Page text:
News Clips

May 13, 2011

LA Times: Let communities collect revenue that California won't

Los Angeles Times | Hernan D. Vera

As California lurches once again toward major budget cuts, the state's justice gap keeps getting wider. That's the space between our promises of equality and opportunity and the reality on the ground for millions of people.

Even as the state's wealthiest people have prospered, California has fallen to the bottom in delivering such basic things as decent schools, affordable homes and safe workplaces. Meanwhile, in Sacramento, a minority of lawmakers has refused to let Californians vote on whether to pay higher taxes to better support such things as education and the social safety net.

In the absence of such a vote, there is little that cities, counties and school districts can do. Under California's Revenue and Taxation Code, only the state can impose or raise taxes on income, alcohol and vehicle licensing as a way of supporting crucial services.

Giving the state sole authority over most taxes was supposed to simplify our tax system. But in reality it has made it easier for a handful of politicians to block spending on programs they don't like and for alcohol, tobacco and oil companies to successfully lobby against new or higher taxes. As a consequence, California, which used to be among the top states in per-pupil spending, has fallen to 47th in the nation, according to Education Week. Public infrastructure has suffered and state services to the disabled, the elderly and the impoverished have been slashed.

We need a new deal: If state government is failing to fund basic services like top-quality schools for all, it should get out of the way and let local residents fill the gap temporarily.

A new bill proposed by state Sen. Darrell Steinberg (D-Sacramento) would end the state's monopoly on many taxes and allow cities, counties and school districts to impose additional taxes on such things as cigarettes, vehicle registration, alcohol, oil production and income. These higher taxes could not be imposed without voter approval.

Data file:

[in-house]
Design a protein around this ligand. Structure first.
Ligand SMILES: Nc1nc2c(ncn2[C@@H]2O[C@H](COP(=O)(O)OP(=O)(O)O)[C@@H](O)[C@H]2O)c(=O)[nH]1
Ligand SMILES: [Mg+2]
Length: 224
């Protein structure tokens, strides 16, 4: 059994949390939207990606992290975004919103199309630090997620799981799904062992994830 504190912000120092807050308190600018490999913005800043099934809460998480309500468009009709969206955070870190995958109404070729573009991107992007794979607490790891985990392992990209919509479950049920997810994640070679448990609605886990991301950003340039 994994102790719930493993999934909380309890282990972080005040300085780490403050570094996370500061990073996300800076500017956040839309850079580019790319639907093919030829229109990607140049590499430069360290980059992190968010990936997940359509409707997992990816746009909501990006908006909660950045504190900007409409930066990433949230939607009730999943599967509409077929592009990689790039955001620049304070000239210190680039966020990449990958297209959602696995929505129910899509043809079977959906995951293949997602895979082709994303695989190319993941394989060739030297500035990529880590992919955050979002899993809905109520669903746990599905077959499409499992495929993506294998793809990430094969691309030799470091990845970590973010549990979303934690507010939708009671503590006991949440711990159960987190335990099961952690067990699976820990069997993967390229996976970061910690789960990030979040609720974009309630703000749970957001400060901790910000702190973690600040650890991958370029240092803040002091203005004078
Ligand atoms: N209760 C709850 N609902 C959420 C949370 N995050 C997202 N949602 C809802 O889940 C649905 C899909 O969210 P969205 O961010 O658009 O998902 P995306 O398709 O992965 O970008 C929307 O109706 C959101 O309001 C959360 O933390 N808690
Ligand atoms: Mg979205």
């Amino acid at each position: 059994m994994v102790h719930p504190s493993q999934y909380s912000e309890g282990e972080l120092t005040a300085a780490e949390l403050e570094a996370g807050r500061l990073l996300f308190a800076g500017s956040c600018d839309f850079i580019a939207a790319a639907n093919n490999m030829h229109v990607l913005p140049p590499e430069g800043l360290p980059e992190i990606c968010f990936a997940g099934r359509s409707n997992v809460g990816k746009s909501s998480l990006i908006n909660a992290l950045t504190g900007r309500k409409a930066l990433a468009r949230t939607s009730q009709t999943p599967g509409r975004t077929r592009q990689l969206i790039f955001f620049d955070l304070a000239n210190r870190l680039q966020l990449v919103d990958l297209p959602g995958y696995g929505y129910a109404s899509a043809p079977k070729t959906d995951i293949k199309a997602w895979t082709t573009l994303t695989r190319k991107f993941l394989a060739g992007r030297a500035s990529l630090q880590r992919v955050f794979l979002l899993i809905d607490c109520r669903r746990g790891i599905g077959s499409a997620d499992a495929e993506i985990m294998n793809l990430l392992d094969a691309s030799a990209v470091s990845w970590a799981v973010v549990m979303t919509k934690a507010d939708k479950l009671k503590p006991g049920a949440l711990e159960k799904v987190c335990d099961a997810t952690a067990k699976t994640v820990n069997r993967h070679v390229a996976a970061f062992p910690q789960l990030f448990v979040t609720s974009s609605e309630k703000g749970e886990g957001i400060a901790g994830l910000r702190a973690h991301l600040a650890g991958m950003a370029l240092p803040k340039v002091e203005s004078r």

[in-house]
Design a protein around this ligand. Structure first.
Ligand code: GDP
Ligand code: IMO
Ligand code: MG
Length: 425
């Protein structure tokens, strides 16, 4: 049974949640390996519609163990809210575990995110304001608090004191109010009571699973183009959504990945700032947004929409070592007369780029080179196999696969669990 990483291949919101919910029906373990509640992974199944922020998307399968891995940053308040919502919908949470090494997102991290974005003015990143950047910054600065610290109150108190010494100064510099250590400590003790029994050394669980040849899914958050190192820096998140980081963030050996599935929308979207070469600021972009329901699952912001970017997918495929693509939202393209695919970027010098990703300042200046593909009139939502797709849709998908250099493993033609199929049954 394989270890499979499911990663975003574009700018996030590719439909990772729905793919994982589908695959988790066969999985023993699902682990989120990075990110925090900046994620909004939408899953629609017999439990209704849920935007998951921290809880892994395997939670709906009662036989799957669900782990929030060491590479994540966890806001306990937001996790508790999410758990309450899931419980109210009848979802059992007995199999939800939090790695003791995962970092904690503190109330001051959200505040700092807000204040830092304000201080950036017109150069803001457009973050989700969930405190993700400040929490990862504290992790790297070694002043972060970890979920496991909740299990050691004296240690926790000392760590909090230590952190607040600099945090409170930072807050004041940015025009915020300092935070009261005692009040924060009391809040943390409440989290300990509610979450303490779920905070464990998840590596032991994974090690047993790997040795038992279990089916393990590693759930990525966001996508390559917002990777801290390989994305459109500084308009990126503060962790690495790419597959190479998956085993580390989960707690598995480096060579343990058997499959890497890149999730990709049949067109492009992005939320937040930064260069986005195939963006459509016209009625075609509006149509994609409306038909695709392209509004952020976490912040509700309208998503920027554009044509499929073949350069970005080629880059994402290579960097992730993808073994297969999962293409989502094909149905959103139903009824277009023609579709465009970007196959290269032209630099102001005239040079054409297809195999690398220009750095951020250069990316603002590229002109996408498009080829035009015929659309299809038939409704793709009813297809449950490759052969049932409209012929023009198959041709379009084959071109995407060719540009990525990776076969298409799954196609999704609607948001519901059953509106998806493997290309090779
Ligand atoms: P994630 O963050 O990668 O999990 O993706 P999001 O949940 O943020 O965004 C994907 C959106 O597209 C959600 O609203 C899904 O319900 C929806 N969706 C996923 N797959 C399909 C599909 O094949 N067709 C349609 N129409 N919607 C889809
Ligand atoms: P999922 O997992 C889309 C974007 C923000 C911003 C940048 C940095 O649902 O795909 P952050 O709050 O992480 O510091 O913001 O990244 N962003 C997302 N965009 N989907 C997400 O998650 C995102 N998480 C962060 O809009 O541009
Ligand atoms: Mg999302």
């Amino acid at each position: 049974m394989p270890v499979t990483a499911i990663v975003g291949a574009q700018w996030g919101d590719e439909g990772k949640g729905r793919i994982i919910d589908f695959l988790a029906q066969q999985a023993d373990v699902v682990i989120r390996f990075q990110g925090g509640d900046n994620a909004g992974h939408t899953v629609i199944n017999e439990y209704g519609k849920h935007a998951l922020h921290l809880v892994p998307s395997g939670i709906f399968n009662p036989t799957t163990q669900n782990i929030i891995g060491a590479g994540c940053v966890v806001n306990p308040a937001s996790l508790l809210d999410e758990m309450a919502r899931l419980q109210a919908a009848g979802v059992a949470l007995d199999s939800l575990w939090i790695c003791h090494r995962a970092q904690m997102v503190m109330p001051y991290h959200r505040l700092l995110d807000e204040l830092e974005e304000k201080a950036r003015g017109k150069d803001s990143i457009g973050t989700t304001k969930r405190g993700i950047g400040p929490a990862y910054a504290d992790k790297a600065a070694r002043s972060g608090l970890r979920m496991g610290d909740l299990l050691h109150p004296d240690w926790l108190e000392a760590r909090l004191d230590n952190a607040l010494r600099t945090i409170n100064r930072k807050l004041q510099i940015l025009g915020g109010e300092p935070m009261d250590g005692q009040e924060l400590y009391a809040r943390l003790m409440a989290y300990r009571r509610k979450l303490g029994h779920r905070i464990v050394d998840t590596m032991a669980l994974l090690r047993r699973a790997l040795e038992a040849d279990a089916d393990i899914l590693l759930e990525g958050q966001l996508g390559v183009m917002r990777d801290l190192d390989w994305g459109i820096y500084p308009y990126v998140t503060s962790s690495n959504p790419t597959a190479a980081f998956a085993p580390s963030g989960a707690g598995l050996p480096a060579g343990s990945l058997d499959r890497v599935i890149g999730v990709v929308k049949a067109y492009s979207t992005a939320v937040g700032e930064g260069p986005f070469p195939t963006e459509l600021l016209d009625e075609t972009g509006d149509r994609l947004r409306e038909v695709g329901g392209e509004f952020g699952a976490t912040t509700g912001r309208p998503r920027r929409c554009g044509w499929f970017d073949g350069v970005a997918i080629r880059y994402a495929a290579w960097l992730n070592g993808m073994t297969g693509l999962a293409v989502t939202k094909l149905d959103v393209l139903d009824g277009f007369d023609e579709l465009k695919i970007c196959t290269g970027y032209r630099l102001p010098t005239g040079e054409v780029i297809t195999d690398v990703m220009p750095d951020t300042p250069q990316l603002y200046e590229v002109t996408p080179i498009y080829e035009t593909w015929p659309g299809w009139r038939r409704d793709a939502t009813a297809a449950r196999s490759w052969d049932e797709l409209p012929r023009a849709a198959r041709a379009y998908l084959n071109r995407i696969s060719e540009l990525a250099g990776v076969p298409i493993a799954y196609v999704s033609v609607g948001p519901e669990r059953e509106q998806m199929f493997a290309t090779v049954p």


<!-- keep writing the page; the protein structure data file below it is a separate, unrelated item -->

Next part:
The bill, SB 653, makes sense. It would allow communities to vote on raising their own taxes to supplement state spending on services they consider important. And it would help end the boom-and-bust budget cycles that have paralyzed public services.

Here's what could happen under SB 653:

Angelenos could vote for supplemental school funding to make our schools great again. Today, Los Angeles public schools are near the bottom in state rankings, particularly those serving students of color in working-class neighborhoods. Last year, some struggling schools lost more than half their teachers in layoffs as the Los Angeles Unified School District struggled to close a budget gap. And this year, thousands more teachers have received notice that they may be laid off.

In the hands of a dynamic new superintendent, extra funding could help Los Angeles schools deliver a high-quality education for every student. That's what already happens in wealthy school districts in places like Newport Beach or Santa Barbara, where higher property tax revenues help retain top teachers and pay for the kind of arts and music programs that Los Angeles had to abandon long ago.

Residents of local cities and counties might also vote to attack the housing crisis. Millions of Californians are homeless or live in substandard housing, and California lags way behind in creating new, affordable homes. Voters could, if they wished, raise taxes to address housing needs.

Or county residents might decide to support child care for working parents with young children. Studies show that child care is critical to getting people back to work. But last year, Gov. Arnold Schwarzenegger vetoed aid for working parents as they move off welfare. An emergency lawsuit has kept the program in place, but its continued funding remains in jeopardy in our current fiscal crisis. A county like Los Angeles or Riverside with high unemployment could pass a child-care stimulus program to supplement state funding. That would be good for parents and for our economy.

Groups like ours have gone to court to protect programs that close the justice gap. Over and over, we have won temporary relief to what are really permanent problems.

Right now, the state imposes tight restrictions on what local residents can do. Property taxes are strictly regulated, and sales tax rates are set at the state, with cities allowed to deviate by only 2 percentage points from the state baseline. Municipal bonds, often used for school construction, roadwork or other major improvements, can't be used for ongoing costs.

SB 653 would push government to be creative and entrepreneurial, and it would make local leaders accountable to taxpayers for the services that matter.

Critics on the left will attack the bill because wealthier cities and counties might be better able to take advantage of the proposal, but this misses the bigger picture. If the state won't step up to help them, local residents need tools to make their lives better. The legislation won't eliminate inequities, but it could help some California communities gain ground.

Hernán D. Vera is president and CEO of Public Counsel.